Psychology is contingent
Our dispositions to value things might have been otherwise than they actually are. We might have been disposed, under ideal conditions, to value seasickness and petty sleaze above all else.
Does the dispositional theory imply that, had we been thus disposed, those things would have been values? That seems wrong (Lewis 1989).
According to Lewis’s view, for something to be a value is (nearly) for it to be such that we would desire to desire it under conditions of full imaginative acquaintance. This Lewisian view is a nice example of a dispositional theory of value. In general, dispositional theories of value are theories according to which being a value is identified with some dispositional property – typically a property of the type, being disposed to elicit response R in us in circumstances C.
A dispositional theory of a particular value F (say, beauty or moral rightness) will have the same structure: it will say that being F is being disposed to elicit R in us in C. (Egan 2012).The things that count as values are those that we are actually disposed to value, not those we would have valued in the counterfactual situation. Thus, in a possible world where we are disposed to value seasickness and petty sleaze, these things are not really valuable; even in this possible world, the things that are genuinely valuable are those things that our dispositions in the actual world pick out. While this move reduces the traditional worry that our responses are only contingently rational, it does not make the worry go away. For we can still ask, “Will our actual dispositions converge under ideal conditions?” If not, then we are still confronted by relativism. But at this point, the response-dependence theorist will say, “It may be true that our dispositions are contingent and variable; but you cannot merely assume that they are contingent and variable under ideal conditions.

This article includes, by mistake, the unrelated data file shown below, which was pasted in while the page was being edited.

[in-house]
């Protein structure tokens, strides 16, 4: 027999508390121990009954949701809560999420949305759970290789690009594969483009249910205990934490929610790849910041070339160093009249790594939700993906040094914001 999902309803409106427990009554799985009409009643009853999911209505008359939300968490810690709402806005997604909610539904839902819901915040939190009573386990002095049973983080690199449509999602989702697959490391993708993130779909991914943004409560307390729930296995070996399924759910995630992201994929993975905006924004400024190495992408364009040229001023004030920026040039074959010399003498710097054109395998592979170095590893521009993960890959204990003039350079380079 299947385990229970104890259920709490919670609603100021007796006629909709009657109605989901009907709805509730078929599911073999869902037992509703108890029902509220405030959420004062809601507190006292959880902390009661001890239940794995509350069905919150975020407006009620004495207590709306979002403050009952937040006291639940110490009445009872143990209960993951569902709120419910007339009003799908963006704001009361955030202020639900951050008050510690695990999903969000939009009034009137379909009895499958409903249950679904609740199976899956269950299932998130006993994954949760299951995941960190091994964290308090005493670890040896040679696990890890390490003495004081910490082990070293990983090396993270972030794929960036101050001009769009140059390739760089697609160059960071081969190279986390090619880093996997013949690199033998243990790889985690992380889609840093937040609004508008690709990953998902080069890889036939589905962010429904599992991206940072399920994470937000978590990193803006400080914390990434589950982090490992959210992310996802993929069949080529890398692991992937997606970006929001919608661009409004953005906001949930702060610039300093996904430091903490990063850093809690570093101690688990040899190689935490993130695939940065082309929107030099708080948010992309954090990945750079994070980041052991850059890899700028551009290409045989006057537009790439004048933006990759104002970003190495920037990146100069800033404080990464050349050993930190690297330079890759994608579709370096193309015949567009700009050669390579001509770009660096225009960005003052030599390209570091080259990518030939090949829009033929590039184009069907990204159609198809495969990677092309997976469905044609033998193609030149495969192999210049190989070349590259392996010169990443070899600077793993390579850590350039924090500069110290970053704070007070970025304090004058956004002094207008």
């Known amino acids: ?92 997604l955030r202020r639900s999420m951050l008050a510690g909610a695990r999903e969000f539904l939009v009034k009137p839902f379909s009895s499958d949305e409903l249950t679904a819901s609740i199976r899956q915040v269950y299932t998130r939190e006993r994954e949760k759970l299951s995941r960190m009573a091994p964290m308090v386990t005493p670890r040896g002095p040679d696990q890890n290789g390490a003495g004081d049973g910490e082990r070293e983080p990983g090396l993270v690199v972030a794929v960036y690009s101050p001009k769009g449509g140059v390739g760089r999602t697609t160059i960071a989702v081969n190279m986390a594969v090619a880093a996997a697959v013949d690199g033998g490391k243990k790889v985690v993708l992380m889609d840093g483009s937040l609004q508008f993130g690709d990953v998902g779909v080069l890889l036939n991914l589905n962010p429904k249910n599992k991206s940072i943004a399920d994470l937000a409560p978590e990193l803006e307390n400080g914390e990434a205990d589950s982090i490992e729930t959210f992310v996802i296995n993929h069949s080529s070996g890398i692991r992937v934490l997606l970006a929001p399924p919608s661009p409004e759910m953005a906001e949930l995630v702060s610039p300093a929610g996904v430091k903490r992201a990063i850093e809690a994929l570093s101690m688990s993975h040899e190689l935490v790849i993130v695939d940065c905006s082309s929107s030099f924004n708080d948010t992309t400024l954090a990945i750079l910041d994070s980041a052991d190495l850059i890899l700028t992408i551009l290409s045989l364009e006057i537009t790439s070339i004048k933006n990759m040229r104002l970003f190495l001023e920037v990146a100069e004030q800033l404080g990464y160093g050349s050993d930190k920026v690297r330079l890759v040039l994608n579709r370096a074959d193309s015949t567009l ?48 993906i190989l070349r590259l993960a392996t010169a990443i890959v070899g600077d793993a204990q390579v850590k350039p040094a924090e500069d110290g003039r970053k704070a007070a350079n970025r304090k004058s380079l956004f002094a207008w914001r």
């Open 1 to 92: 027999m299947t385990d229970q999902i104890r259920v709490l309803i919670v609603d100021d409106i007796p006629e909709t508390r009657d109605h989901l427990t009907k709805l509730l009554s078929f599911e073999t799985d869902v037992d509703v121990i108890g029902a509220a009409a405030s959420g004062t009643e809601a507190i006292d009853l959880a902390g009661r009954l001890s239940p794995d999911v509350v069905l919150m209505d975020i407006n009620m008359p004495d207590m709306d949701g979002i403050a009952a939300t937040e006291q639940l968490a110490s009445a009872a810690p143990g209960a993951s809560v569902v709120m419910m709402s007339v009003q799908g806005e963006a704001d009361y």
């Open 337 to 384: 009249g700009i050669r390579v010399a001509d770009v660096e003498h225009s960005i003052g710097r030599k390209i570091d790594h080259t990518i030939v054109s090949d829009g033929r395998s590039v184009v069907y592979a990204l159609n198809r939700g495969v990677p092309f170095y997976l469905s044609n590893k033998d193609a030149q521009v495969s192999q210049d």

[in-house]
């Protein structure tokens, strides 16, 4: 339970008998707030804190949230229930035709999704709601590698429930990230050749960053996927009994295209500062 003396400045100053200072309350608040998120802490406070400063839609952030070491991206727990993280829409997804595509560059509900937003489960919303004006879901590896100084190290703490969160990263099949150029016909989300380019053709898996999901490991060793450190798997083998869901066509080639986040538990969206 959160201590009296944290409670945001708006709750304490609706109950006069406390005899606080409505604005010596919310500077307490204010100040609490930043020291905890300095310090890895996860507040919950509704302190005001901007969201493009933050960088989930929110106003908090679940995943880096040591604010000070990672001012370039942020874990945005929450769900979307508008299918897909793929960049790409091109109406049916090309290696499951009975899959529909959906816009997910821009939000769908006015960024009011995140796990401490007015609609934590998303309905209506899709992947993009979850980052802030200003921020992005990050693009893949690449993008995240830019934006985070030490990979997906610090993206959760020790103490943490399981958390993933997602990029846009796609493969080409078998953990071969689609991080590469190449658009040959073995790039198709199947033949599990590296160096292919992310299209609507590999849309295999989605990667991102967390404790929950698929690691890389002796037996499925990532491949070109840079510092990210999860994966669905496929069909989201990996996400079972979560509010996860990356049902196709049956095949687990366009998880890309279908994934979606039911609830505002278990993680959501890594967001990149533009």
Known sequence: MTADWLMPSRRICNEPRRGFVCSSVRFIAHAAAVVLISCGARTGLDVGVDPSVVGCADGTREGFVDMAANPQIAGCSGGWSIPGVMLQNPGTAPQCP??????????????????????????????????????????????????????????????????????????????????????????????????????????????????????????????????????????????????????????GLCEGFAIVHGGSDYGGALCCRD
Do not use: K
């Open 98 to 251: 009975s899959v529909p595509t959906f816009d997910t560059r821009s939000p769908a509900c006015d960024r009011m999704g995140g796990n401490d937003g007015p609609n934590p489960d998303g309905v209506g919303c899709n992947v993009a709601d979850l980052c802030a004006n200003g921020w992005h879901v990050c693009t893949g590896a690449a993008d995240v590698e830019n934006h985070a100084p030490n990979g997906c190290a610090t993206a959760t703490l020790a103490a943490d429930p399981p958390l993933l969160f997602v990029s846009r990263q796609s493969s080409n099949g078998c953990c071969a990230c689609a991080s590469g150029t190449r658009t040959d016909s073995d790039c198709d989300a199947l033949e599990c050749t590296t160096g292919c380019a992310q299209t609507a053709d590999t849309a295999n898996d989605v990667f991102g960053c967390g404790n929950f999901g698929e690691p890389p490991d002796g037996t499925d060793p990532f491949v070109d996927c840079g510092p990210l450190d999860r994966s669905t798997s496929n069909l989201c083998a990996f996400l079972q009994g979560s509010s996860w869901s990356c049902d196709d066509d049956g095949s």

If we suppose that our dispositions would converge under ideal conditions, then the response dependence conception of morality is quite plausible” (Randel Koons 2003).The point of Lewis' argument is thus that in virtue of their reference to human responses or capacities, the theories under consideration imply an untoward kind of relativity in their respective subject matters. Our response is to accept that this kind of relativity is a consequence of the theories concerned, but to deny that it is untoward. We make two main points in support of this conclusion. The first, as usual, is that the characteristic of causation thus identified is already a fairly non-problematic feature of color and the other classical secondary qualities. It is something we live with in those cases, and may be expected to accommodate ourselves to in the case of causation.
Secondly, however, we want to point out that there is an important difference of degree between the two cases. As we shall explain in a moment, it turns out that causation is very much less sensitive than color, say, to the accidents of the human situation. …